The Sixth Sense

May 9th crept up on us a bit — Internally at Team #hacksoton we always talk about how quick our events come around again but this one really came out of nowhere!

When we stop to think about it, it’s a bit crazy — We’ve done six of these now. Six! Armed with free food and drink, our attendees braved the morning rain to come and join us for a day of creativity and learning, and the results were spectacular. Our audience continues to prove to us just how brilliant #hacksoton can be.

I make no excuses for the fact that I enjoying walking the floor and finding out what everyone is up to, and this event was no exception — In fact, this just might be my favourite roster of projects ever to come out of one of our events.

First up, the children (and grown up kids!) who participated in our Young Rewired State/Coder Dojo session in celebration of World Scratch Day (Arranged by YRS Soton). Scratch is a visual programming language which makes it super fun for younger coders to get into. Our child army delivered in spades by not just creating entertaining and original projects themselves, but being brave enough to share them with the whole room.

Among them, we had a sound detector, two dance simulators, a rock-dodging 2D platformer prototype and a drawing canvas (Controlled by bananas, naturally). Huge thanks to Rebecca, Reuben, The Epic Dudes and Team Make Oscar Dance (Yes, they picked their own team names!) — You were all brilliant and I can’t wait to see what you all get up to in the future.

Perhaps inspired by this awesome display of creativity, the rest of our attendees responded in kind. Zac had an old Nokia screen wired up to an arduino to revive the ultimate phone game, Snake (Sorry, Angry Birds) and Brandon showed off a Spreadsheet Webcam — With a whopping 2 frames a minute refresh rate as the webcam was translated into greyscale squares in a Google Docs Spreadsheet. Nifty stuff.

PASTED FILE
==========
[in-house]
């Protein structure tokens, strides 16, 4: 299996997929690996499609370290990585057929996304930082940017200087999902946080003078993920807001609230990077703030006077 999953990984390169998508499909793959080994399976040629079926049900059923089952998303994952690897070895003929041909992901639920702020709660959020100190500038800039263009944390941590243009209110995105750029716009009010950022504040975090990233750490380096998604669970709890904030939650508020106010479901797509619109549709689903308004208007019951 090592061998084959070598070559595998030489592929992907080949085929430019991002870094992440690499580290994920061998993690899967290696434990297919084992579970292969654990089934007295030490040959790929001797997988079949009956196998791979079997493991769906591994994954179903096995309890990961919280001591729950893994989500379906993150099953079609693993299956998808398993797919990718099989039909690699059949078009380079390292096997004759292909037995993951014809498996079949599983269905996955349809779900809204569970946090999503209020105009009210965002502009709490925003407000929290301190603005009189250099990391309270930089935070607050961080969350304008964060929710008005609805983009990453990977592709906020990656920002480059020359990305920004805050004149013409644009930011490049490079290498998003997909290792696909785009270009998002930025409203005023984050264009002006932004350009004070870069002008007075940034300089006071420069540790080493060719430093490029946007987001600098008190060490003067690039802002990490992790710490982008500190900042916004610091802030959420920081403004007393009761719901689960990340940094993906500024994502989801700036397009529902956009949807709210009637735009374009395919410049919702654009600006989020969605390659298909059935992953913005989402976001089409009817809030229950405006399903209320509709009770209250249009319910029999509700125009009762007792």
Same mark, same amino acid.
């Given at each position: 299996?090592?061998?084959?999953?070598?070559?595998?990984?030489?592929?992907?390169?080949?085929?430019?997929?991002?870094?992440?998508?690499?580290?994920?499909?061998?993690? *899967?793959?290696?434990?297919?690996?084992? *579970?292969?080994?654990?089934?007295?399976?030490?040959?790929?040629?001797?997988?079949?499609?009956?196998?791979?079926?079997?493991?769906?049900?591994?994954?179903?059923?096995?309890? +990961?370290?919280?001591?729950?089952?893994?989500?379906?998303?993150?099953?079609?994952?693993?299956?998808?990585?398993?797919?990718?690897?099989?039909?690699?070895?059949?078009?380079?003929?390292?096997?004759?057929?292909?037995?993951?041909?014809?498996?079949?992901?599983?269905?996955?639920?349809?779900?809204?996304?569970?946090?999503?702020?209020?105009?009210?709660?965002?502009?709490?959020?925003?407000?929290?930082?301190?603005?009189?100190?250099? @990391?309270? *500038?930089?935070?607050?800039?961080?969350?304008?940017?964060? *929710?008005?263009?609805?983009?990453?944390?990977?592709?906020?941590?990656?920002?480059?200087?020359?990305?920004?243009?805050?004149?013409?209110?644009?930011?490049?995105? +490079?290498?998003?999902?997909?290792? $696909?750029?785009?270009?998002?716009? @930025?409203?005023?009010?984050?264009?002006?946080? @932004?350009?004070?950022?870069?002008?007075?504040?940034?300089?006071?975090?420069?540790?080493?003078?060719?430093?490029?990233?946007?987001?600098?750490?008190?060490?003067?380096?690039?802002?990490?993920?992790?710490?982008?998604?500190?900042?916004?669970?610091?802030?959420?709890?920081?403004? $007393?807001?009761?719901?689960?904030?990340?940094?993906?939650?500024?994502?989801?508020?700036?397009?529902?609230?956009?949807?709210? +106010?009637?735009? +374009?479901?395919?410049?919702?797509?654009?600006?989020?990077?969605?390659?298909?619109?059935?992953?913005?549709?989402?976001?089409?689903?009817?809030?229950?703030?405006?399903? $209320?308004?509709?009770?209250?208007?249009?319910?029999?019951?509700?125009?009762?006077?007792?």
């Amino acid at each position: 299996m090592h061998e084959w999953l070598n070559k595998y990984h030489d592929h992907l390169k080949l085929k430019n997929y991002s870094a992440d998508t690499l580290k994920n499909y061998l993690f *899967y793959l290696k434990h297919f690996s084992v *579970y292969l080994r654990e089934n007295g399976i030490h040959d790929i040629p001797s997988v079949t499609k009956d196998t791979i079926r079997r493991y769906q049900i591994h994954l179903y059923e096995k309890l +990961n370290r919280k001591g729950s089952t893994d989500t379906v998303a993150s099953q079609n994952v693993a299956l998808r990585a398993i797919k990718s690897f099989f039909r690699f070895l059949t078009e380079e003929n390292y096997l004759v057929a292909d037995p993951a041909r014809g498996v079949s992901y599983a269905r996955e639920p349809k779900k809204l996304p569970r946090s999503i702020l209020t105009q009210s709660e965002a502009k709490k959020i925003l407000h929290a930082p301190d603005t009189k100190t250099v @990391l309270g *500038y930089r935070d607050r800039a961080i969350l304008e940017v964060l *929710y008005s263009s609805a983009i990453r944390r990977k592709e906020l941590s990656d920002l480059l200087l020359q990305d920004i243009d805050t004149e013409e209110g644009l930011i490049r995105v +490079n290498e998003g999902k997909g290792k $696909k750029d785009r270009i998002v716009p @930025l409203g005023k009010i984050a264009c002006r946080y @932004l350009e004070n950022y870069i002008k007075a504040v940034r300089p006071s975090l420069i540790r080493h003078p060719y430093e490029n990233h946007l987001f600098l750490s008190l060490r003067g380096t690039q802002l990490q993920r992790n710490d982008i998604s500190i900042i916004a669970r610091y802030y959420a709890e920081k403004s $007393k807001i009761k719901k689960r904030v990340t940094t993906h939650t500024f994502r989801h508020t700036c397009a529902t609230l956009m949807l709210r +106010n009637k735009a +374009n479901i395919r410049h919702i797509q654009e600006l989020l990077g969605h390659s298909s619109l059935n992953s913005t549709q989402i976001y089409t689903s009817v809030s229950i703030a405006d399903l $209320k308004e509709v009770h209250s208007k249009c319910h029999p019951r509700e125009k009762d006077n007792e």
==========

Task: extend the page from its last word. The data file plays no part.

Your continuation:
Team Strava (Matt, Andy, Dave, Rachael) showed off Strava One Up, which they described as the “Top Trumps of Cycling data” for all those cyclists out there who relish competition with their mates, Milos and Bernardo had begun work on a very cool looking single player Scrabble experience dubbed First Word War and Tetiana gave us an interesting look at Rack with her presentation.

This time around we invited @sotoncreatives to set a challenge for any willing participants who perhaps wanted a little more guidance and a goal for the day — The challenge was “Put Southampton on the map”, and in response their willing volunteers (Elbrie, Trevor, Christopher) created Soton City Data (Link coming soon!) — A repository for open data sources in Southampton which is something I’m personally excited to see grow. The scope for civic hacks with this data made freely available is tremendous and it really could be the start of an open data movement in Hampshire, so long may it continue!

The Southampton Makerspace always bring the goods to our events, and this time was no exception. In addition to 3D Printing, Jem’s WordPress craft site, this infinity mirror(!?) and Benjie’s Node-RED powered home automation (Voice activation! Light sensors!), James (XRobots) brought along a 3D Printed, life sized R6 droid. It entertained the room by driving around and playing Star Wars snippets (Plus a little AC/DC for good measure), with James at the remote controls. Not content with how utterly badass this was, he spent the day working on some more moving parts and spinning lights to add to his creation. I want one.

If you came along, I want to thank you personally for making #hacksoton 6 such a tremendous success. One of these days I’ll get tired of praising you all, but not today. Of course, behind the scenes there’s a team of dedicated individuals who help make our events possible. This time around, make sure to send your thanks to Hinge, Central Hall (and their kitchen staff!), Etch, Moov2, Southampton Creatives, YRS Soton, Phil Dye, Tom Frame and Dan Thomas.

#hacksoton will return.

- Adam


Originally published at hacksoton.tumblr.com.

One clap, two clap, three clap, forty?

By clapping more or less, you can signal to us which stories really stand out.